NewsCovering Colorado


New program hopes to combat the cause of suicide

Led by Medal of Honor recipient, Drew Dix
New program hopes to combat the cause of suicide
Posted at 11:25 PM, Dec 17, 2019
and last updated 2019-12-18 01:25:00-05

PUEBLO — The 2019 National Veteran Suicide Prevention Annual Report from the U.S. Department of Veterans Affairs reported more than 45,000 American adults died from suicide in 2017. Of those adults, around 6,000 were veterans. It's an issue that hits close to home, with the VA also stating that for every one suicide, around 135 other people are affected.

The launch of a new national program called "Facing Adversity" hopes to help get to the root of the problem. The program was launched at the Center for American Values in Pueblo, and is being led by Medal of Honor recipient Drew Dix. At the meeting, dozens of community members came together to engage in a conversation about suicide, and discuss why someone would take their own life, as well as potential solutions. "It's not just treating individuals, we've got to get in front of this problem," said Drew Dix, who is also the co-founder of the Center for American Values.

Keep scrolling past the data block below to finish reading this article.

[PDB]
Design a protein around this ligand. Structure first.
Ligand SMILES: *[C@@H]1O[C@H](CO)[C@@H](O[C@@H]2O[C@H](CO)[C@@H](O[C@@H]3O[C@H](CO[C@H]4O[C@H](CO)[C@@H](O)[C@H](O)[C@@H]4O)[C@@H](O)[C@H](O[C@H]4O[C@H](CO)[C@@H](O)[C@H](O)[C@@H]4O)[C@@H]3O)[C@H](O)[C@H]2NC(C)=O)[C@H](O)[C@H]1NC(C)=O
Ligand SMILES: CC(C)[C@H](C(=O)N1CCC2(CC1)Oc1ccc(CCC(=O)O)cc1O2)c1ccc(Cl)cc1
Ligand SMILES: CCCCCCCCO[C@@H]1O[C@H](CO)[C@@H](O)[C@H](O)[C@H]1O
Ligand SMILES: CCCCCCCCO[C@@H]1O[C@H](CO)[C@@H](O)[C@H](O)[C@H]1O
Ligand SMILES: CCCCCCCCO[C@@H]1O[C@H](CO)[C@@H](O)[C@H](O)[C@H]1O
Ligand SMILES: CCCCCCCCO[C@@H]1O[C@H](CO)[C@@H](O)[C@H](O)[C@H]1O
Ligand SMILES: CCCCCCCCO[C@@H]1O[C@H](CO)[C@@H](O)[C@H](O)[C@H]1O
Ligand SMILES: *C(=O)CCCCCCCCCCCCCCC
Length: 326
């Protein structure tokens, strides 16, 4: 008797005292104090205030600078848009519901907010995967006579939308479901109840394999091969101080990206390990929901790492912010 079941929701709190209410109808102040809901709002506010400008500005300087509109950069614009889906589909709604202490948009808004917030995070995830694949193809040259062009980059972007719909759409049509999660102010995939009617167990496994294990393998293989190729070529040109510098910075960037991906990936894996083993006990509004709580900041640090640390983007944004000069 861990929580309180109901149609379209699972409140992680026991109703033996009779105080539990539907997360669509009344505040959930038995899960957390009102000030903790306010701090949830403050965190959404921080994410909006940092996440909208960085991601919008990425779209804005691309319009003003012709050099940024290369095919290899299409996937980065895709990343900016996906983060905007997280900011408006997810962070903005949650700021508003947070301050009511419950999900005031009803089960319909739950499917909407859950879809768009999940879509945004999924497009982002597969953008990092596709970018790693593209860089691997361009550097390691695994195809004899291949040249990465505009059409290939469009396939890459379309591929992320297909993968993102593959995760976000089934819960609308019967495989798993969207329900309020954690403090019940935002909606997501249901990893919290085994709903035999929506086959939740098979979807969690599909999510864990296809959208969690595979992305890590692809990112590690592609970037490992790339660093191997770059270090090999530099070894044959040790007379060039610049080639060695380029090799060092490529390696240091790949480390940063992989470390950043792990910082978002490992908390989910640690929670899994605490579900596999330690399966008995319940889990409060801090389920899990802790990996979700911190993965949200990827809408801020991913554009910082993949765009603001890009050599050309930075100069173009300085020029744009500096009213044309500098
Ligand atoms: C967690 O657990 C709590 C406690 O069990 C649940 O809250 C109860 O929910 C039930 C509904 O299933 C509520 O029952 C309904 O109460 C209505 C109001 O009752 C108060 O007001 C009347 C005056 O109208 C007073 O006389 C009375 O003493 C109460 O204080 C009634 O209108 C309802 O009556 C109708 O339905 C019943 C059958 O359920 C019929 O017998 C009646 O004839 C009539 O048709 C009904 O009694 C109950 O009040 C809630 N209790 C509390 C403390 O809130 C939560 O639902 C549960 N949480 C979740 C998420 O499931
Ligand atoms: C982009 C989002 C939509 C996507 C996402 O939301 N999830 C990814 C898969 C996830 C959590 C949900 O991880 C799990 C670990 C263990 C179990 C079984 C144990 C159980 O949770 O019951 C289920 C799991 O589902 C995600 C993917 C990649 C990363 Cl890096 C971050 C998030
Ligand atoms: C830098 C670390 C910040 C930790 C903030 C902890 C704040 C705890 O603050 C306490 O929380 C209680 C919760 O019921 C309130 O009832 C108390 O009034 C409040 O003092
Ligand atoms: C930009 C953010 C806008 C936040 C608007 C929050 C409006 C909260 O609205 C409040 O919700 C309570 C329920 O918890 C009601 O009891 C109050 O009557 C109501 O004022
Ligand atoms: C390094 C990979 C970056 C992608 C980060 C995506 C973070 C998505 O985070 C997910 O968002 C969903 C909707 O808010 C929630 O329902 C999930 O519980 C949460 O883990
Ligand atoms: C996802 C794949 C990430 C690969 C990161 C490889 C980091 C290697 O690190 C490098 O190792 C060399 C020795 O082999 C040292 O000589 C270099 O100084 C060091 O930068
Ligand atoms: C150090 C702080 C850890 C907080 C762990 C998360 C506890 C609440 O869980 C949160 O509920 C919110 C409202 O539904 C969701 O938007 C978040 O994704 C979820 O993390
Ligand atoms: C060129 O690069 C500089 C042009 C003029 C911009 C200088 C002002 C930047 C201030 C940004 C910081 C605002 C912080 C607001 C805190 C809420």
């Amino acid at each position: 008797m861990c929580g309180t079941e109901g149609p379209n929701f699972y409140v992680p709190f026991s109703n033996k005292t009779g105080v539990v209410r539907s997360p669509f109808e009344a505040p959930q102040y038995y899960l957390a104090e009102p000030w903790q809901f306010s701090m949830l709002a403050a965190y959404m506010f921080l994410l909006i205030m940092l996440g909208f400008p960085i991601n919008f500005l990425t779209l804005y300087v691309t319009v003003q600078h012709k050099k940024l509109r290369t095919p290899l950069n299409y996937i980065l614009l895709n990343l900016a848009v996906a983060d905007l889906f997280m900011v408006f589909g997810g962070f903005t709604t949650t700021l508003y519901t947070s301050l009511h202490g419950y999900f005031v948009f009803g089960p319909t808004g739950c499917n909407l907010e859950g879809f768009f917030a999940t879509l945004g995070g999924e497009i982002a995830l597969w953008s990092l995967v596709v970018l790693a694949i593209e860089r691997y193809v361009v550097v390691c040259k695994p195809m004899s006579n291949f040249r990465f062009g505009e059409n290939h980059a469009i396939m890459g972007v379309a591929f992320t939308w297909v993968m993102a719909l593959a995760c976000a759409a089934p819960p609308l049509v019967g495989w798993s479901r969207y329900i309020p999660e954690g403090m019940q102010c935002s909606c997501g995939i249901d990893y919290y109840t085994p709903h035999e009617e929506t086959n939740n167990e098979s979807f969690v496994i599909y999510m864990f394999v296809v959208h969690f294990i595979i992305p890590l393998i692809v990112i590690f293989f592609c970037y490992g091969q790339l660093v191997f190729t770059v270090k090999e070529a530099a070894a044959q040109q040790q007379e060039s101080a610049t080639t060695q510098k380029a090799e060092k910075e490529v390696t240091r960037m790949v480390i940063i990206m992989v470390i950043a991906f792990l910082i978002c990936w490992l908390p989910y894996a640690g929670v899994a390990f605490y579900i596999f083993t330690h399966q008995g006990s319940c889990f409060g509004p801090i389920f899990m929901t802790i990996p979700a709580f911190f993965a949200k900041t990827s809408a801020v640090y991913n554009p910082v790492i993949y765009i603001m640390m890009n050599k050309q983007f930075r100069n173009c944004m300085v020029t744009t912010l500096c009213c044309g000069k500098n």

While Dix hopes this program will help more than just military members, he did say the original idea started because of the alarming number of veteran suicides. One of the attendees, Timothy Bartlett, said he served in the army for more than 12 years, and attempted suicide three times after he left. "When you're in the military, you're a number. When your time is up, they erase that number, you become a ghost, you don't exist anymore," said Bartlett, explaining why he felt like he had no purpose once he left the military.

It's a feeling Lori Palumbo said her older brother also felt. Palumbo said she lost her brother to suicide around eight years ago. "Grief through a suicide is so different, because there's so many unanswered questions... you want to understand why, you want to blame yourself, and say 'how did I miss it?'" said Palumbo, who also noted it's important to try and not blame yourself if a loved one does complete suicide.

Bartlett said finding a community like the one at the Center for American Values has greatly helped him. "There's something out there bigger than myself, and that's what I have to concentrate on," said Bartlett.

Those from the Center for American Values said they would compile the results of the meeting, and send them out to those in attendance.